Renovations inherently involve some measure of uncertainty due to the nature of existing buildings. Even with what one believes to be a set of record drawings and specs, you can’t know precisely where the conduits and pipes are within a wall, or whether the contractor actually built the structure the way the drawings illustrate. Add to those characteristics the fact that the building might date from the eighteenth-, nineteenth-, or twentieth-century and that changes likely accrued over time without adequate documentation.
It’s fine to start with so-called “as-built” (record) drawings, but don’t stop there. Because of all of the items previously mentioned, owners and architects need to invest significant effort into field verification and some amount of destructive or non-destructive exploration. The goal is to reduce uncertainty and, therefore, cost (and possibly schedule) risk. One particularly useful technique is an early construction mockup of exterior wall reconstruction; that is an opportunity to evaluate existing conditions and alternative methods of construction, such as wall repair and window replacement approaches.
Phasing premiums can range from 2 percent to 5 percent, depending on where in their budget the owner chooses to carry swing space and enabling costs. Those premiums include the inefficiency of having to keep part of the building occupied—and served by systems—while other areas are renovated. Additionally, related to the premium, there might be restricted access, smaller individual contracts for each trade, multiple mobilizations and demobilizations, and provision of temporary services.
All construction budgeting includes contingencies of various sorts. Renovation generally carries higher contingencies than new construction due to the risk of hidden conditions. Phased renovation deserves an even higher level of contingency because the downstream consequences to schedule and budget for discovering a concealed condition are often greater than a non-phased project.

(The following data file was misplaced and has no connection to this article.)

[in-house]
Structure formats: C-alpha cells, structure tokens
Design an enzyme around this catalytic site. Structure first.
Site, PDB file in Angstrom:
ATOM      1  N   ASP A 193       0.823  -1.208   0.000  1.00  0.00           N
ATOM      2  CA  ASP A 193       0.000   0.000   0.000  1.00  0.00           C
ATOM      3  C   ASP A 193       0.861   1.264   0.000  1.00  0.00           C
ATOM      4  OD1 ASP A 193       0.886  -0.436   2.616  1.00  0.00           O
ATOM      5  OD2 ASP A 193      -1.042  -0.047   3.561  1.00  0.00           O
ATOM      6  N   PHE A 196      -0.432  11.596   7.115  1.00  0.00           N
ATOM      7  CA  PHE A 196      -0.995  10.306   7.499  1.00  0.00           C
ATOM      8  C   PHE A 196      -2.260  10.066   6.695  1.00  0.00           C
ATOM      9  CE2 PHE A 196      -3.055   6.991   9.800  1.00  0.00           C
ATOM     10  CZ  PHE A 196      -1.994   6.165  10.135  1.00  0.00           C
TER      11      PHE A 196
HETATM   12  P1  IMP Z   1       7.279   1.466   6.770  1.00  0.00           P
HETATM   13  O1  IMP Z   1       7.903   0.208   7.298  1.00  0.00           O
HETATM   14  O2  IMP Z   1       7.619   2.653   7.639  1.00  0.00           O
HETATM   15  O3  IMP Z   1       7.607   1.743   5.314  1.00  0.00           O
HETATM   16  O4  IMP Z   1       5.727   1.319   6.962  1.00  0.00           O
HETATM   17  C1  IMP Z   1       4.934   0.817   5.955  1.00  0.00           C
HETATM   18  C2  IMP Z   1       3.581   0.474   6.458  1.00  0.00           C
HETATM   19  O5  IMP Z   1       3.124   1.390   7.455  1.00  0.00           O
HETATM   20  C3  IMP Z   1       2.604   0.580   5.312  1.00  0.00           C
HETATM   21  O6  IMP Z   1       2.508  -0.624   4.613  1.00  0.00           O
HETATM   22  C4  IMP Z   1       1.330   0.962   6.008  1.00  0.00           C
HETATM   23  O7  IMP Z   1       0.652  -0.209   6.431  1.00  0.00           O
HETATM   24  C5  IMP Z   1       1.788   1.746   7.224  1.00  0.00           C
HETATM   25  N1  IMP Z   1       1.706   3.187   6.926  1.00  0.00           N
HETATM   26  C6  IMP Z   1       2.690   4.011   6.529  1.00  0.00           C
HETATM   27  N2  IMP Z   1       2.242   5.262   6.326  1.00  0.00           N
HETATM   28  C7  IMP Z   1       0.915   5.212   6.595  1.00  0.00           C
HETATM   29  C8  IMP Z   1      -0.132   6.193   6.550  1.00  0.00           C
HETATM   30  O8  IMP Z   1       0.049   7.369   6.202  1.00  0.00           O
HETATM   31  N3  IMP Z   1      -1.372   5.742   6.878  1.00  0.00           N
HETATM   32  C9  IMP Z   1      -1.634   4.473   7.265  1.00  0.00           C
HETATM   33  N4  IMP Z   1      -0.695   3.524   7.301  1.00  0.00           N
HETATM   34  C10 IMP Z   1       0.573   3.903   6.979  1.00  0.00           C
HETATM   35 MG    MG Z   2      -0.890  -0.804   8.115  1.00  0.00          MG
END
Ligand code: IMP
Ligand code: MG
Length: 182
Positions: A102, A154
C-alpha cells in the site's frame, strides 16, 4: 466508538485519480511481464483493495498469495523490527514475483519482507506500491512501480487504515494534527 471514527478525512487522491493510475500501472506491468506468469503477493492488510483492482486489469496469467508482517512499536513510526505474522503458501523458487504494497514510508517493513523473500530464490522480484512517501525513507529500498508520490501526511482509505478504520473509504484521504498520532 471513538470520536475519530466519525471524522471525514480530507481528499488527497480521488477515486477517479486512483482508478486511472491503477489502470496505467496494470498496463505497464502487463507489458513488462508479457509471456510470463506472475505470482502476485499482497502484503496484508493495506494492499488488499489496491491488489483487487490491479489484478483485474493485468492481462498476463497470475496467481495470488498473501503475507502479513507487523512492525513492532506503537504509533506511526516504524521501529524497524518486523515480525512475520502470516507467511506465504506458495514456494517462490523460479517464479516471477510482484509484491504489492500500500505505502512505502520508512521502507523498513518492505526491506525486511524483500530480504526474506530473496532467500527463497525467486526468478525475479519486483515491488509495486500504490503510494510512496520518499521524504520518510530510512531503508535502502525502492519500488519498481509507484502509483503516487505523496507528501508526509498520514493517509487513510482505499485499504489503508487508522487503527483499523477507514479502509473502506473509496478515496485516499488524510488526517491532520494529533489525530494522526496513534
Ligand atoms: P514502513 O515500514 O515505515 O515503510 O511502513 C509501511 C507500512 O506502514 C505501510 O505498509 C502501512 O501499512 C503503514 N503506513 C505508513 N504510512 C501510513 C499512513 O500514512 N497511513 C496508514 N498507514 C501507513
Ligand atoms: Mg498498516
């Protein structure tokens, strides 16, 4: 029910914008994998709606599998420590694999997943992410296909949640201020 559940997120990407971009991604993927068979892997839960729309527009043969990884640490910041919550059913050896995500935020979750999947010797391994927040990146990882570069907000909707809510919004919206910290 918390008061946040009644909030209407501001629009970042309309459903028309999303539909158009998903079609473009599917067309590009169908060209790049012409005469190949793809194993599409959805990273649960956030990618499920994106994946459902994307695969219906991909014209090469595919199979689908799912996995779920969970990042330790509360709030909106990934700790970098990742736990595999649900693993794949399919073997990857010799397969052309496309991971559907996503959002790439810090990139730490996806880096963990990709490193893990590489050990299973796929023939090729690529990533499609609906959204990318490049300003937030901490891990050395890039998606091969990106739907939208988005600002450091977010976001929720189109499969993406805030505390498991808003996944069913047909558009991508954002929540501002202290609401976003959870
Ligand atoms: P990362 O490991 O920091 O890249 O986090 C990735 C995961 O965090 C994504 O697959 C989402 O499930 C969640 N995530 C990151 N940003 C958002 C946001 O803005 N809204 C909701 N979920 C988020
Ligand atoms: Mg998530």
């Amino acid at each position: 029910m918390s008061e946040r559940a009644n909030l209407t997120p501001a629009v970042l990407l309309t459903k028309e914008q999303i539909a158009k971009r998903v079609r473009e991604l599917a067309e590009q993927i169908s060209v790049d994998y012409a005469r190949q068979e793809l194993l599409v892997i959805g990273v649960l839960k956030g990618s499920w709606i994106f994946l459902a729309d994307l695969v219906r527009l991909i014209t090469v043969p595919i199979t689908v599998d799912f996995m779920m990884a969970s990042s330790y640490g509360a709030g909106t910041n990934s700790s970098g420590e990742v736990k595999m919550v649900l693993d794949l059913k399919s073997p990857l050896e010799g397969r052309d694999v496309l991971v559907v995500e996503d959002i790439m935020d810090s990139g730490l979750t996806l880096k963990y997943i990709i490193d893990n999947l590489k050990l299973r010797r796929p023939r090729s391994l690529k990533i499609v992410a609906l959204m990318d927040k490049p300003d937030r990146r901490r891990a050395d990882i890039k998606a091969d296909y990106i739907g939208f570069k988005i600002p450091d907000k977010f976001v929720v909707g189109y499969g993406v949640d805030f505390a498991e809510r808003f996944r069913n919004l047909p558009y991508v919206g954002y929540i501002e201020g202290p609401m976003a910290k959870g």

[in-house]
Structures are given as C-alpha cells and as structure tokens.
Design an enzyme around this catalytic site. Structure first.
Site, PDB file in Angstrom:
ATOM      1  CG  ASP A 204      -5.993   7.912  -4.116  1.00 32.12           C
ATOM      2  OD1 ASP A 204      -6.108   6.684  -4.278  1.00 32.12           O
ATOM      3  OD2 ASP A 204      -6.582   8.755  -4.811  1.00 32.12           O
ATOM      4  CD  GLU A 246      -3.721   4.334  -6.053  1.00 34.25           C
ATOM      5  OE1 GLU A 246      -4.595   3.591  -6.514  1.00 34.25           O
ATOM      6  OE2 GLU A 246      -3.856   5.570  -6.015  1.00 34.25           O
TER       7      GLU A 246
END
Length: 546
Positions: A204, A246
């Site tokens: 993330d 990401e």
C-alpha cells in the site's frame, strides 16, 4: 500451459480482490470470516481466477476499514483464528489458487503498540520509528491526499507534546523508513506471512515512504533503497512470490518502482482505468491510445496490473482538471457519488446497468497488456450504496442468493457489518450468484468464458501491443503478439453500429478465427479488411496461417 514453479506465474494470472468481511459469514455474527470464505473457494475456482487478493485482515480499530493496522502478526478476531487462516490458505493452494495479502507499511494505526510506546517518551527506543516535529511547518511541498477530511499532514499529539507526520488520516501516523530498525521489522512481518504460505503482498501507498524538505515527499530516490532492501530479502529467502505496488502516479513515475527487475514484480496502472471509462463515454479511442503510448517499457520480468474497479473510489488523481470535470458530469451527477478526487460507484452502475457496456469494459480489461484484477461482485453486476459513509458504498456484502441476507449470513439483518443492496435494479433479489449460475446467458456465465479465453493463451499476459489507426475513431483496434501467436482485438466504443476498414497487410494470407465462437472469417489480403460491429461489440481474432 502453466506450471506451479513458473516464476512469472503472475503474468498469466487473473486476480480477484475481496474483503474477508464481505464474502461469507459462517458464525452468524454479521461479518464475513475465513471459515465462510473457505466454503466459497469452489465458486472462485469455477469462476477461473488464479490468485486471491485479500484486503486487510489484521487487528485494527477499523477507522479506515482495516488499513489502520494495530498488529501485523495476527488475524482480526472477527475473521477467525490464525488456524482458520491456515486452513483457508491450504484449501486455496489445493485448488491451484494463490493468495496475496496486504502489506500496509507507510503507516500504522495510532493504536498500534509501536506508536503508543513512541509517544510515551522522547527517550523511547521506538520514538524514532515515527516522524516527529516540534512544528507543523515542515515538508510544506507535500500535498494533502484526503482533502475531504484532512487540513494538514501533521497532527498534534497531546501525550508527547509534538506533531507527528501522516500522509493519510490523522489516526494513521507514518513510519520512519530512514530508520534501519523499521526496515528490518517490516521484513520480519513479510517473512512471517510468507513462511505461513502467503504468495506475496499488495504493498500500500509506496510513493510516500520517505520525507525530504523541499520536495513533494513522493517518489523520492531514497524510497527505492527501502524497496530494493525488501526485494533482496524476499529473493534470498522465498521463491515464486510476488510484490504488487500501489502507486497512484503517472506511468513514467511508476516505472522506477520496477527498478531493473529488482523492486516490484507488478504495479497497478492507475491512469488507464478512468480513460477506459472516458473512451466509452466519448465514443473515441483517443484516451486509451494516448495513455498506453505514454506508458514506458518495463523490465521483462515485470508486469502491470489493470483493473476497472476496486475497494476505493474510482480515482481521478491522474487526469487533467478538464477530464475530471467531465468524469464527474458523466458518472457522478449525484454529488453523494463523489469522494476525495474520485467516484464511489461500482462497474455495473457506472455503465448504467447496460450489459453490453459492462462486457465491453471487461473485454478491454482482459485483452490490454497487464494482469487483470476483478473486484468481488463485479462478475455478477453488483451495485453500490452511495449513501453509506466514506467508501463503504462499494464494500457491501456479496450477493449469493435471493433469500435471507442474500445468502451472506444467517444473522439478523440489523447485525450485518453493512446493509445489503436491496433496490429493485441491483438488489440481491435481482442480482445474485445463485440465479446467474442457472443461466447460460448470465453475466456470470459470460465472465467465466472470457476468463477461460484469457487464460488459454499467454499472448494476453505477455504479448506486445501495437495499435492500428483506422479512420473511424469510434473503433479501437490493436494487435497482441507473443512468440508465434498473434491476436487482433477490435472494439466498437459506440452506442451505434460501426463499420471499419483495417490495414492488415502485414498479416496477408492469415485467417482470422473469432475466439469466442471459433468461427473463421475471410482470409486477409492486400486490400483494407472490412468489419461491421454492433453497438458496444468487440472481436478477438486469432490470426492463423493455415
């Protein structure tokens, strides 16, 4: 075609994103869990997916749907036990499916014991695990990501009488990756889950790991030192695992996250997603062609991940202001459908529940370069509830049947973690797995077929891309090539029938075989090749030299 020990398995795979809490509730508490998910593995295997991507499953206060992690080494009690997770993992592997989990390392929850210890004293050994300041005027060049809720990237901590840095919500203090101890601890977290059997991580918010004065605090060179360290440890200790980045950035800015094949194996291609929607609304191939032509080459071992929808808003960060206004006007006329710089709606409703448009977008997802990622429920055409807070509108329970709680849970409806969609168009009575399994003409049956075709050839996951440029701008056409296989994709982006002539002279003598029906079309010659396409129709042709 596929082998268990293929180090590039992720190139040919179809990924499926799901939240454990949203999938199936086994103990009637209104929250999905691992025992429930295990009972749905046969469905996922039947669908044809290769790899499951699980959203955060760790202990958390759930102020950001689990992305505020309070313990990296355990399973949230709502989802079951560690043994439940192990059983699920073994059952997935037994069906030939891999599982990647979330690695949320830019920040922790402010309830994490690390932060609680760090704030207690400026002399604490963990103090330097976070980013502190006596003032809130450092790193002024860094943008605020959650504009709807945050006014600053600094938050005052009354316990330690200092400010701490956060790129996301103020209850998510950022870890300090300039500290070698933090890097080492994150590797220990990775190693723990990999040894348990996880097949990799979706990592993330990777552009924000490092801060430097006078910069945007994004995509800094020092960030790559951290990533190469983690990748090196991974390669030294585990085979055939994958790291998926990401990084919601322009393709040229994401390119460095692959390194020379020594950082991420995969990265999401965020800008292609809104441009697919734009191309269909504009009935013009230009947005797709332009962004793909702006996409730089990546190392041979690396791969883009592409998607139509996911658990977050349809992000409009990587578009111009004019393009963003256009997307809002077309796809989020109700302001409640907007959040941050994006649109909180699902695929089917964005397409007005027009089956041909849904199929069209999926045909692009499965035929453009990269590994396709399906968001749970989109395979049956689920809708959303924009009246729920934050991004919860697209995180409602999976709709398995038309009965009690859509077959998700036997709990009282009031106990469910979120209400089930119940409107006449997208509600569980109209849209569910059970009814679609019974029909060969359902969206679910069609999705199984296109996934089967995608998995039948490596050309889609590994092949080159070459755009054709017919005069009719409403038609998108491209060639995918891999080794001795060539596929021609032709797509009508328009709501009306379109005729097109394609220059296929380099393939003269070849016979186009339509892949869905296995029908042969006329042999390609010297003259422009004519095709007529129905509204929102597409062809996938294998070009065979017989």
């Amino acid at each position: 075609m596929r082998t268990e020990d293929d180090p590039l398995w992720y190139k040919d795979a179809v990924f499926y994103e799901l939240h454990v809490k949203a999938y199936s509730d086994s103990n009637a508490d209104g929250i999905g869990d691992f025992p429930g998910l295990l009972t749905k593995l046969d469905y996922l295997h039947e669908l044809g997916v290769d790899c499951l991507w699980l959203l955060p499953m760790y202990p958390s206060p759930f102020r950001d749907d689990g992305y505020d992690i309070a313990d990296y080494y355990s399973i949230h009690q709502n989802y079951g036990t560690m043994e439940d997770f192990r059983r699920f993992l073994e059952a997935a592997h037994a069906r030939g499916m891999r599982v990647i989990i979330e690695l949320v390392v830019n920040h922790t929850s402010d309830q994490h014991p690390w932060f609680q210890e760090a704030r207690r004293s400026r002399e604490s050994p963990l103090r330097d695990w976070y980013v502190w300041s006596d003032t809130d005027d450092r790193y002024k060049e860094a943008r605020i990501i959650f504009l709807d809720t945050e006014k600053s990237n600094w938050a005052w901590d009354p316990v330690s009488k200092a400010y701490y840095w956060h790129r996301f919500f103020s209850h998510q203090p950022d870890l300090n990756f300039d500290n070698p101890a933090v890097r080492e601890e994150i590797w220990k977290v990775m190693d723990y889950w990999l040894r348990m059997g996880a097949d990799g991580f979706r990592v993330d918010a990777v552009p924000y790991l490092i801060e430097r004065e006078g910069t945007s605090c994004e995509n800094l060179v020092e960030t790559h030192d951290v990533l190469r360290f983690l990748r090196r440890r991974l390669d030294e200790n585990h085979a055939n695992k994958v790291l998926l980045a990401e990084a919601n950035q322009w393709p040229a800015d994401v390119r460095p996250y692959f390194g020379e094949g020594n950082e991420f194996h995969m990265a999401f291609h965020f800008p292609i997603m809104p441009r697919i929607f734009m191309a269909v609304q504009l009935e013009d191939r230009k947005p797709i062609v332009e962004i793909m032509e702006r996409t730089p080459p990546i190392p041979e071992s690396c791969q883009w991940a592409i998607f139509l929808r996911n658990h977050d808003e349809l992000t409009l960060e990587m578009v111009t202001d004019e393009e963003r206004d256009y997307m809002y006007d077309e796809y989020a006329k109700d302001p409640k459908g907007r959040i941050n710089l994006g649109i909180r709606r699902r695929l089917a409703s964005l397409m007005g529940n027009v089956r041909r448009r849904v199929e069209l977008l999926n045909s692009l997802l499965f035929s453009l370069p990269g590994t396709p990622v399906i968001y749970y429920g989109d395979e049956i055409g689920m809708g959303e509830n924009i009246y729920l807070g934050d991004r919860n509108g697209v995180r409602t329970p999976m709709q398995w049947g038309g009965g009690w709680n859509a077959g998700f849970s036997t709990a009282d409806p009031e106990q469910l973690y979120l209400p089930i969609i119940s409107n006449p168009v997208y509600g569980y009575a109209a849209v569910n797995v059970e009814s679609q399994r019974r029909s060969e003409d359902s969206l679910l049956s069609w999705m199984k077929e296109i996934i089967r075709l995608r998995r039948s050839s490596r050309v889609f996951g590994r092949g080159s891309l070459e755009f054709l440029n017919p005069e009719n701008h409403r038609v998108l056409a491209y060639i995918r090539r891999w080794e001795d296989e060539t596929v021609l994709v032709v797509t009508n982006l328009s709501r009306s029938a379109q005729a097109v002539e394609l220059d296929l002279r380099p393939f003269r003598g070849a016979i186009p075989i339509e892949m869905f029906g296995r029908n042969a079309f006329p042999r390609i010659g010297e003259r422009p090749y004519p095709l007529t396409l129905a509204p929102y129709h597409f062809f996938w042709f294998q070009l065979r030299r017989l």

Construction cost escalation is a significant factor in budgeting for phased renovations. For large, multi-year phased projects, escalation will make later phases cost more, due to the compounded effect of several years of escalation. For example, the escalation cost in years eight to ten of a large, complex 10-year project could end up being nearly as much as the cost of the work in that phase. The best way to mitigate the impact of escalation is to reduce the number of phases and increase the amount of work performed earlier in the project; you’ll get more for your investment as a result. Of course, the realities of funding availability may simply make front-end loading of the project scope infeasible.
The best way to mitigate the impact of escalation is to reduce the number of phases and increase the amount of work performed earlier in the project.
When designing a phased renovation, it is often tempting to start by trying to figure out the phasing (“how”), but you should resist that, at least until you have developed a plan for the desired end-state of the renovation (“what” or “why”). While the mechanics of phasing might, in fact, influence aspects of the design, experience has taught us that figuring out the optimized end-state plan should come first. Then you can determine the interim steps that will deliver the most cost-effective result.